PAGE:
Other studies have observed positive anti-allergic effects. For beneficial results it is best to take the pollen 6 weeks or so before the hay fever season, as the pollen works by a process of desensitisation, small repeated doses triggering the immune system to produce antibodies that serve against the wind-borne allergen. In Dr. Mercola’s article The Use of Bee Pollen as a Superfood, he quotes Dr. Conway from Colorado who treated his patients with pollen and concluded, ‘All patients who had taken the antigen [pollen] for three years remained free from all allergy symptoms, no matter where they lived and regardless of diet.’ Dr. Conway further reported, ‘Relief of hay fever, pollen-induced asthma, with ever increasing control of bronchitis, ulcers of the digestive tract, colitis, migraine headaches, and urinary disorders were all totally successful.’
Athletes often use bee pollen for enhanced strength, stamina, and mental acuity. The British Sports Council confirmed such effectiveness with those regularly taking pollen demonstrating increases in strength of up to 40 – 50 per cent.
Dr. Kurt Donsbach, author of Bee Pollen, reports that Muhammad Ali took pollen while defending his title and was helped to ‘float like a butterfly, sting like a bee’. Olympic athletes and professional boxers attribute improved energy and endurance to a regular intake of bee pollen, described by the renowned naturalist Francis Huber as, ‘the greatest body builder on Earth.’
A 1976 study in Bukarest on a group of Romanian athletes taking a daily dose of pollen and honey aside their standard 3,500 calorie diet, showed an improvement in general condition after just 4 days with an increased enthusiasm for training. After 10 days their body weight had increased between 0.4 and 1.7 kg, without an increase in fat tissue. Positive effects on heart function and recovery pulse were also observed as well as improved oxygen uptake. Increased strength and metabolic tests revealed a more efficient use of energy.
Pollen has been noted to aid weight management. It stimulates the metabolism, speeding up the burning of calories and its high content of lecithin can help to flush fat from the body. Bee pollen also functions as an appetite suppressant. Dr. Chen and Chu of Aerospace Medicine and Life Sciences observed that, ‘the average daily food consumption in the Bee Pollen fed group was generally 15-20 % less.’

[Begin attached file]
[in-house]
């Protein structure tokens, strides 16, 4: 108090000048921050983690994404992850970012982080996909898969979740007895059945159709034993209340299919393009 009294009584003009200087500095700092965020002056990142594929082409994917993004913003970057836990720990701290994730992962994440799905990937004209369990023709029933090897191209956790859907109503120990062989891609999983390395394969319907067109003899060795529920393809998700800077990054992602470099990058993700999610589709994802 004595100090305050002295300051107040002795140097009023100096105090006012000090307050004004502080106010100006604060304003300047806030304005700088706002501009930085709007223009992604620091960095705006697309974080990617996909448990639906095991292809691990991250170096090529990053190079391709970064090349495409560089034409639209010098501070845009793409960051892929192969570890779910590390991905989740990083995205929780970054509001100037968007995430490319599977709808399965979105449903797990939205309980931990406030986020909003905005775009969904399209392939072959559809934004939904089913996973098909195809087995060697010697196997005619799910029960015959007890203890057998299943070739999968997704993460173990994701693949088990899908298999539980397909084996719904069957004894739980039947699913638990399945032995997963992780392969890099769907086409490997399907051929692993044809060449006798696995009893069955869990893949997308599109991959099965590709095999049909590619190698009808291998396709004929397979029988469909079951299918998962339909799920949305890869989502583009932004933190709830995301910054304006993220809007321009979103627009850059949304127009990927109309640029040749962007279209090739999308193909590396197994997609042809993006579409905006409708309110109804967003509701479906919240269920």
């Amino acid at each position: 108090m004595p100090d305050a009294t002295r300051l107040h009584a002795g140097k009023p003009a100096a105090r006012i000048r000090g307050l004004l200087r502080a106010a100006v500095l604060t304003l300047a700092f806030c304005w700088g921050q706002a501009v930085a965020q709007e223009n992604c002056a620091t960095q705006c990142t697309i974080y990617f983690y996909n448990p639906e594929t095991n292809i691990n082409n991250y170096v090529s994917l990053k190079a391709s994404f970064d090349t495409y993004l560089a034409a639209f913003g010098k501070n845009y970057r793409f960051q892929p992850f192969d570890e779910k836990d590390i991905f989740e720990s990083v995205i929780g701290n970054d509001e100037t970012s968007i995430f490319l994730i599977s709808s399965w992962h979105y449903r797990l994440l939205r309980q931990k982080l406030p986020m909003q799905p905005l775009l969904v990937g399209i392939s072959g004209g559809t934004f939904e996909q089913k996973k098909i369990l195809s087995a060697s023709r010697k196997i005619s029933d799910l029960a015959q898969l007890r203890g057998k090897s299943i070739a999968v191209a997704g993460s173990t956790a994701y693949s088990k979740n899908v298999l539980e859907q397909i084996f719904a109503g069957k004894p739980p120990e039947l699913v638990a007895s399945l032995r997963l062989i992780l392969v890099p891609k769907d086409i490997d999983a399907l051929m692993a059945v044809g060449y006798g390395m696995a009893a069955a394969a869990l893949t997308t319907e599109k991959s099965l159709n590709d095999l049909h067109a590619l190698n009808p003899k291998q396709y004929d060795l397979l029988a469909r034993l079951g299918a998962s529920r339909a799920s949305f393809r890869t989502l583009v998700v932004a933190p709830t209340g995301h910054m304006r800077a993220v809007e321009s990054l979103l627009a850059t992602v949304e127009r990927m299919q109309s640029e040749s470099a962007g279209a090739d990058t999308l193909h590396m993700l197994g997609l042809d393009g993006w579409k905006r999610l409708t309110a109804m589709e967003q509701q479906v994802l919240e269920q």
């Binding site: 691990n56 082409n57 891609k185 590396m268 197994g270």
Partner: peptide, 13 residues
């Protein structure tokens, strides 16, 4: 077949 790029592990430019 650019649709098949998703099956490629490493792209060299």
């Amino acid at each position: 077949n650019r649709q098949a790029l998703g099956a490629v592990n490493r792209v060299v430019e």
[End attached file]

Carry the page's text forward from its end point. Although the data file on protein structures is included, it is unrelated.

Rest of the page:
Being so nutrient dense bee pollen satiates the appetite, eliminating cravings. It also contains the amino acid phenylalanine that is known to effect the area of the brain that deals with feelings of hunger and fullness, diminishing the appetite if you are overweight, or the opposite if underweight. Unlike the chemical manmade derivative of phenylalanin called phenylpropanolamine, used in commercial weight-loss products, phenylalanin is not addictive and has no negative side effects.
S. Blauer of the Hippocrates Health Institute writes, ‘Bee pollen minimises, reduces or eliminates the normal person’s craving for heavy concentrated protein…[bee pollen] aids in the digestion of other food.’
Bee pollen contains thousands of enzymes that can promote a balanced chemical metabolism and serve the digestive and immune systems. Optimizing metabolism and the body’s processing of food groups is another way bee pollen can aid in weight regulation.
Young, Beautiful Skin
Bee pollen has been observed to be remarkably healing and beneficial for the skin. Swedish dermatologist, Dr. Lars-Erik Essen, uses bee pollen to successfully treat acne and other skin conditions and observes it’s beautifying and anti-aging effects. Dr. Essen accounts, ‘Taken internally or used externally, bee pollen exercises a suppressive effect on facial acne. It is also an important skin rejuvenator, primarily because it contains a high concentration of the nucleic acids RNA and DNA as well as a natural antibiotic factor.’ He also reports that it ‘seems to prevent premature aging of the cells and stimulates growth of new skin tissue. It offers effective protection against dehydration and injects new life into dry cells. It smoothes away wrinkles and stimulates a life-giving blood supply to all skin cells.’